I've also done some chickens brined the same way with rosemary added, over mesquite. Very good.

Did beef ribs, didn't brine, and this was when my temps were running ~100F higher than the reading, they were good, but tougher than I'd like.... need to try again, maybe with a brine and at around 175-200F.

I've also been making broth for cooking and gravy with the chicken carcasses. boiling them down , then straining the bits out. canning and storing in the fridge. My wife has a bunch of food sensitivities, so I've been using a coffee grinder to make rice flower out of minute rice, as all the flour available to me has barley in it. gravy is a little more pasty, but other than that, tastes the same. I think I should look for a flour grinder, the rice particles are too big I think.

Also ground rice treated like instant mashed potatoes is exactly the same in taste, texture and behaviour.

Oh, I also did some pork loins brined as per above with sriracha sauce added, over applewood at 300+... omg those were good.

My buddy did a turkey in his, the skin was so smoky it wasn't edible, and the meat was a little too smoky on the outer edges, but my wife took the carcass home and made broth, which she then made a creamy turkey soup/stew with the more smoky meat.... holy hell the smokiness worked so well with it, the 4 of us consumed all 4 gallons of it in a week.
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#8
Staff meal at work tonight: kibbeh (we fed all our meat scraps through the mincer and used them more or less indiscriminately), winter-vegetable tabouli, mejadra and cheater's flatbread with honey. Plus mint tea, because we had an absurd amount of mint!

Apropos of nothing, since Stresser mentioned it, would anyone be interested in learning how to make broth/stock? Making your own stock takes time, but it's not in itself very complicated, and frankly it kicks the ass of every premade stock on the market.
A penis lives a terrible life. His hair is a mess, his family are nuts, his neighbour is an asshole, his best friend is a pussy, someone keeps beating him...

Poor thing.
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#9
Yes Please!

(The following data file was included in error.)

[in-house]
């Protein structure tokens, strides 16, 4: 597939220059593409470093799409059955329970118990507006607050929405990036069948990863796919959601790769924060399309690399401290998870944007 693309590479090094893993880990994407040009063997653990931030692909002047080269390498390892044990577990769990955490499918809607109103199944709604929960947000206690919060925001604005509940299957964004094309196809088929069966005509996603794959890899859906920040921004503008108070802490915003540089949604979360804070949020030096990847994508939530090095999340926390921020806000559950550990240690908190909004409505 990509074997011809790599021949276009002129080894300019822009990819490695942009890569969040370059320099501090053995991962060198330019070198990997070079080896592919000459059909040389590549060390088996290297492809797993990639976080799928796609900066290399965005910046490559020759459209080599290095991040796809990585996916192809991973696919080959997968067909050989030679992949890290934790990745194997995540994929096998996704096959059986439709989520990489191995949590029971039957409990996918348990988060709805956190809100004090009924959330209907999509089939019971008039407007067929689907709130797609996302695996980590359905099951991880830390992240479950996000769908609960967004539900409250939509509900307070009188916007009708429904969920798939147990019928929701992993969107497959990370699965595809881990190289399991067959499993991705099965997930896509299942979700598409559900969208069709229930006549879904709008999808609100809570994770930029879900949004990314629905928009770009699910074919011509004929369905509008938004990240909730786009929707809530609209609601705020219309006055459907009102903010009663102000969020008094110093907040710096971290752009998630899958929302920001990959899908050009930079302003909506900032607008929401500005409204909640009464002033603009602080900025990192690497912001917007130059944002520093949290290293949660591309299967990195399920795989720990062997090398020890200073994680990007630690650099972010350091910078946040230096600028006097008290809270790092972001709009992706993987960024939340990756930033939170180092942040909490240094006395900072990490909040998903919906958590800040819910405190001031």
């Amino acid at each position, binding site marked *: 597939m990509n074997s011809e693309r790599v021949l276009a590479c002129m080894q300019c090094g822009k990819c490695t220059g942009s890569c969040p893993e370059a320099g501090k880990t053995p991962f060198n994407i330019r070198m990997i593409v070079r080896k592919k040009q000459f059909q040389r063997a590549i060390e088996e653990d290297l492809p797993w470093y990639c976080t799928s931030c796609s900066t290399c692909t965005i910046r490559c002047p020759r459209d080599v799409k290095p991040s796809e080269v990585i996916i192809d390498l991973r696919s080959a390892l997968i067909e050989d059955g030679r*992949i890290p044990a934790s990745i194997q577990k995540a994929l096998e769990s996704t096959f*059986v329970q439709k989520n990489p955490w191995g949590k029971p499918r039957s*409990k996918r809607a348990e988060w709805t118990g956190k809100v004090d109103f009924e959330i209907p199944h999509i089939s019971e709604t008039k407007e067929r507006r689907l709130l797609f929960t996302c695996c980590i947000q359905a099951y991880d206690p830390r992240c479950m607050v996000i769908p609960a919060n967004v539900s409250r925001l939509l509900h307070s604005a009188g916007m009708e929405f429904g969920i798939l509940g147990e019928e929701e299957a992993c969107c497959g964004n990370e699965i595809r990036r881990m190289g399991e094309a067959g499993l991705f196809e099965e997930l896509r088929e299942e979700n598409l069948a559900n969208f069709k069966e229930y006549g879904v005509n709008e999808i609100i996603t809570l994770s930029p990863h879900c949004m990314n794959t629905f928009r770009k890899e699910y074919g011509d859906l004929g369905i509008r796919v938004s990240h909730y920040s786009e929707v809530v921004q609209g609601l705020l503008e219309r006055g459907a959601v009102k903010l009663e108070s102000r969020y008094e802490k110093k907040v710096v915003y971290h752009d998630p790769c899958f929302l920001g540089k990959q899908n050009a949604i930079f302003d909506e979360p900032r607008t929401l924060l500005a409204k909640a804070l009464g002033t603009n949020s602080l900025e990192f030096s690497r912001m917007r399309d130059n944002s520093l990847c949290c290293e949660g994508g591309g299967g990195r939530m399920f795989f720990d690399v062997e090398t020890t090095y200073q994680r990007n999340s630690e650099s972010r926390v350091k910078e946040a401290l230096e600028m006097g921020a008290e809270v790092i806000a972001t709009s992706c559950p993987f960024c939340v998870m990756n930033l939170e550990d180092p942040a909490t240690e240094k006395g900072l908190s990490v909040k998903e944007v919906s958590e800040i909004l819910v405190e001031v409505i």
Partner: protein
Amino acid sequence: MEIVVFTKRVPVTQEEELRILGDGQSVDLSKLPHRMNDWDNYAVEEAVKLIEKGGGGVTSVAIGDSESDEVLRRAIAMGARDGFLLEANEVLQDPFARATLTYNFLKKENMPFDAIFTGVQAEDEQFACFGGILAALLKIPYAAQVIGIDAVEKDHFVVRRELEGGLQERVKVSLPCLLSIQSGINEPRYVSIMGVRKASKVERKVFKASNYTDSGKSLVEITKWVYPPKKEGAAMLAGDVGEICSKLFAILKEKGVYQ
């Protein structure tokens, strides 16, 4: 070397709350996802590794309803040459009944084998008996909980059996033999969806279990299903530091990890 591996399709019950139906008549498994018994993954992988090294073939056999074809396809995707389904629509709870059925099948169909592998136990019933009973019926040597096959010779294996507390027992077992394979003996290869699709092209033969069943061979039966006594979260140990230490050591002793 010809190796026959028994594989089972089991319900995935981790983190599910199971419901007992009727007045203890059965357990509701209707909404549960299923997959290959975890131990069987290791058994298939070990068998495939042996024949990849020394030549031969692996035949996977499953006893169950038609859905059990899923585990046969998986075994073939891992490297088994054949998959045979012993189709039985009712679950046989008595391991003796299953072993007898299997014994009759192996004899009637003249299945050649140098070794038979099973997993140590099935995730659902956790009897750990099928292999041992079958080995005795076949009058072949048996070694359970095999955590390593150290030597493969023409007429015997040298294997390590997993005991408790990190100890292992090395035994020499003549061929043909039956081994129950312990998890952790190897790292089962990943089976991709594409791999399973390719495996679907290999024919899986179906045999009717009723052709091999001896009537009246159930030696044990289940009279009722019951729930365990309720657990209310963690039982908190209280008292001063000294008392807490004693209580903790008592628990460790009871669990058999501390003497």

My current method is to put the carcass into a large pot, in a heavy colander, add lightly salted water until just covered, then simmer for a couple hours.

When it falls apart I pull out the colander, and taste any of the little meat chunks left over, if they are tasteless, I know it's done and all the flavour is in the broth. left behind. I then can it in mason jars until needed.

Please tell me how my method is old/busted and how to make better stock!
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#10
(07-27-2016, 06:59 AM)stresser Wrote: Yes Please!

My current method is to put the carcass into a large pot, in a heavy colander, add lightly salted water until just covered, then simmer for a couple hours.

When it falls apart I pull out the colander, and taste any of the little meat chunks left over, if they are tasteless, I know it's done and all the flavour is in the broth. left behind. I then can it in mason jars until needed.

Please tell me how my method is old/busted and how to make better stock!

First things first, you're missing a few things. It's not only chicken that gives the flavour to chicken stock (or beef stock, or whatever you're making...the principle barely changes)!

You need

- something to base the stock off. A chicken carcass, bones from beef or lamb or pork...anything you have that you have no other use for. It's especially helpful if it's something like pig's feet, the long bone of a beef shank with a joint still attached, skin/wings/necks/feet of chicken - you want collagen and fat, to make it rich. Tough connective tissues, as much as you can get hold of. Honestly, ask your butcher for his scraps.
- Aromatics. There's a combination in the French classical canon that will never let you down when you want to lay a base to build flavour on, called mirepoix - carrot, celery, onion, in a ratio of roughly 1:1:2. You would not BELIEVE how many working cooks have mirepoix tattoos somewhere on their person!
- Herbs and spices. Nothing too powerful (no chilli, no ginger) as stock is used for a lot of different dishes and it has to work as part of all of them. You want just enough to make it interesting for the mouth. You can experiment to find what you like, but for now...let's try bay leaves, thyme, garlic and peppercorns. Possibly a touch of salt for near the very end.